Left-of-center Washington Post columnist Dana Milibank is not a Mitt Romney supporter, but he came down hard on President Barack Obama on Tuesday for over-the-top rhetoric about Osama bin Laden and for the president's ceaseless and record-setting fundraising.
Referring to Obama's recent appearance on the Jimmy Fallon show, in which the host referrred to the president as "preezy," Milibank added that he was feeling "queasy" and that the president's behavior seemed a bit "sleazy."
Milibank cites a book just out by Brendan Doherty, a political scientist at the Naval Academy, which notes that Obama is the first president to visit all battleground states during his first year in office.
Even more startling, Doherty notes that Obama's 101 reelection fundraisers through March 6 of this year already exceeded the combined total of first-term reelection fundraisers conducted by George W. Bush, Bill Clinton, George H.W. Bush, Ronald Reagan and Jimmy Carter.
Finally, Milibank objects to Obama's overt politicization of the bin Laden killing, with an ad that suggested that Mitt Romney would not have issued the order.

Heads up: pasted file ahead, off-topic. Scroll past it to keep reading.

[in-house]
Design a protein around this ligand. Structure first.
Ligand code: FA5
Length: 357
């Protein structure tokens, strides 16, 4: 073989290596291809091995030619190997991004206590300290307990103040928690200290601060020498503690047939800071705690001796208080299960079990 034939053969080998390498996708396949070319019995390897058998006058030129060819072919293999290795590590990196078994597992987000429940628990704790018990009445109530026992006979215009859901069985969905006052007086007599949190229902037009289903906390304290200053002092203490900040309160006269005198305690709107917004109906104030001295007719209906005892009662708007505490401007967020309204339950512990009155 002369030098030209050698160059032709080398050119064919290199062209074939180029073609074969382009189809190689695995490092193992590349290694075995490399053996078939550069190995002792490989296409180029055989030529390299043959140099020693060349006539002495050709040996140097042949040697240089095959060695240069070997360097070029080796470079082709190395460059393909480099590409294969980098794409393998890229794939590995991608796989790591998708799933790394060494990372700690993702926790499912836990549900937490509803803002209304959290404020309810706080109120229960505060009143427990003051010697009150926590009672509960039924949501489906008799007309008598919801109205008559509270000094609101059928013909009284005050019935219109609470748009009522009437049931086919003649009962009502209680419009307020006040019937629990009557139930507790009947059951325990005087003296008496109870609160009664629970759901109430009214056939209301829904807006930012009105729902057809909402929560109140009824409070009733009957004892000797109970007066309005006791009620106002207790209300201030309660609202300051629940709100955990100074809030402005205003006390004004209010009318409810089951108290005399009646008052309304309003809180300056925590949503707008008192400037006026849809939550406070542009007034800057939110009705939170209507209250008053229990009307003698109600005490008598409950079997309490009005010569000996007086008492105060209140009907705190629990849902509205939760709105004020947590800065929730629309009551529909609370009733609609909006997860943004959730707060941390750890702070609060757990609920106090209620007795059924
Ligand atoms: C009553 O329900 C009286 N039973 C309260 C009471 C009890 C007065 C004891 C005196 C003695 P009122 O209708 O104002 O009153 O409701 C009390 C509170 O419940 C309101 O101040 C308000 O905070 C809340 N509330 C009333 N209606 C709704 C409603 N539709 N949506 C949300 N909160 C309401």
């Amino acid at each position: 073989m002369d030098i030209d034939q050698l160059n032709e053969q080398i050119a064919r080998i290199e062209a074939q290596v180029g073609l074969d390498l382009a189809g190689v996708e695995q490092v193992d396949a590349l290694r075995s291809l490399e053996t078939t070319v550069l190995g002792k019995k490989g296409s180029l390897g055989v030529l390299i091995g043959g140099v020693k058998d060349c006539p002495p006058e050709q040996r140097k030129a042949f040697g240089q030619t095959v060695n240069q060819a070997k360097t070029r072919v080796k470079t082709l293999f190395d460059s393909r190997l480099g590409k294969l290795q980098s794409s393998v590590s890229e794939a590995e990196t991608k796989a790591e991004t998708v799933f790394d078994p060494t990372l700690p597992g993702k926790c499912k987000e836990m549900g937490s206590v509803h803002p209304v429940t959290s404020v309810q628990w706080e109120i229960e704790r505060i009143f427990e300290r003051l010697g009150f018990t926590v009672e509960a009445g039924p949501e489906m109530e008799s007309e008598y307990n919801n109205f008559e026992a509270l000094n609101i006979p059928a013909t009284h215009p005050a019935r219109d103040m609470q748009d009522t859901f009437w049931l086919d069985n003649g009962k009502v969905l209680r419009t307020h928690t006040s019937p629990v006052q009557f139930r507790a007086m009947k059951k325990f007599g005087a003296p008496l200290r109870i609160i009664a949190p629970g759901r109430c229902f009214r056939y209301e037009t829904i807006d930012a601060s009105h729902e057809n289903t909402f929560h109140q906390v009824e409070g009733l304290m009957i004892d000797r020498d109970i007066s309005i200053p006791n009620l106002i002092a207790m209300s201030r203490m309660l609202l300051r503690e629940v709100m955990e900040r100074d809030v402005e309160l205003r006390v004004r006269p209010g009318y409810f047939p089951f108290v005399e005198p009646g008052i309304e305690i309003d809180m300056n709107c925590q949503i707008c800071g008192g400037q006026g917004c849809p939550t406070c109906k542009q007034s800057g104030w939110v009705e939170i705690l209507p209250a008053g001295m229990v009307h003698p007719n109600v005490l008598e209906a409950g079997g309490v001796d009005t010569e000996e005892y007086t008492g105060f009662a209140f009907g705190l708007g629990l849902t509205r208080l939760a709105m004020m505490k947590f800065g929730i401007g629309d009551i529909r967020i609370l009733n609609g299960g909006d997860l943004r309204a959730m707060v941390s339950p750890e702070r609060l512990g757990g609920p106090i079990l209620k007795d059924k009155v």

Milibank is not the only liberal to object to the bin Laden ad. Megablog publisher Ariana Huffington told CBS "We should celebrate the fact that they did such a great job. It's one thing to have an NBC special from the Situation Room... all that to me is perfectly legitimate, but to turn it into a campaign ad is one of the most despicable things you can do," according to the Daily Mail.
The Daily Mail also collected a chorus of voices from Navy SEALs objecting to the use of the bin Laden raid for political purposes.10 comments on this story
"Politicians should let the public know where they stand on national security but not in the play-by-play, detailed way that has been done recently. The intricacies of national security should not become part of stump speeches," said one.
The Obama ad questioned whether Mitt Romney, who has ironically been tagged as a cutthroat capitalist ever anxious to pull the trigger in firing a worker, would have been loathe to issue the order to get bin Laden.
On Monday, Romney argued that the question was absurd, and that "Even Jimmy Carter would have given that order."
Eric Schulzke writes on national politics for the Deseret News. He can be contacted at email@example.com.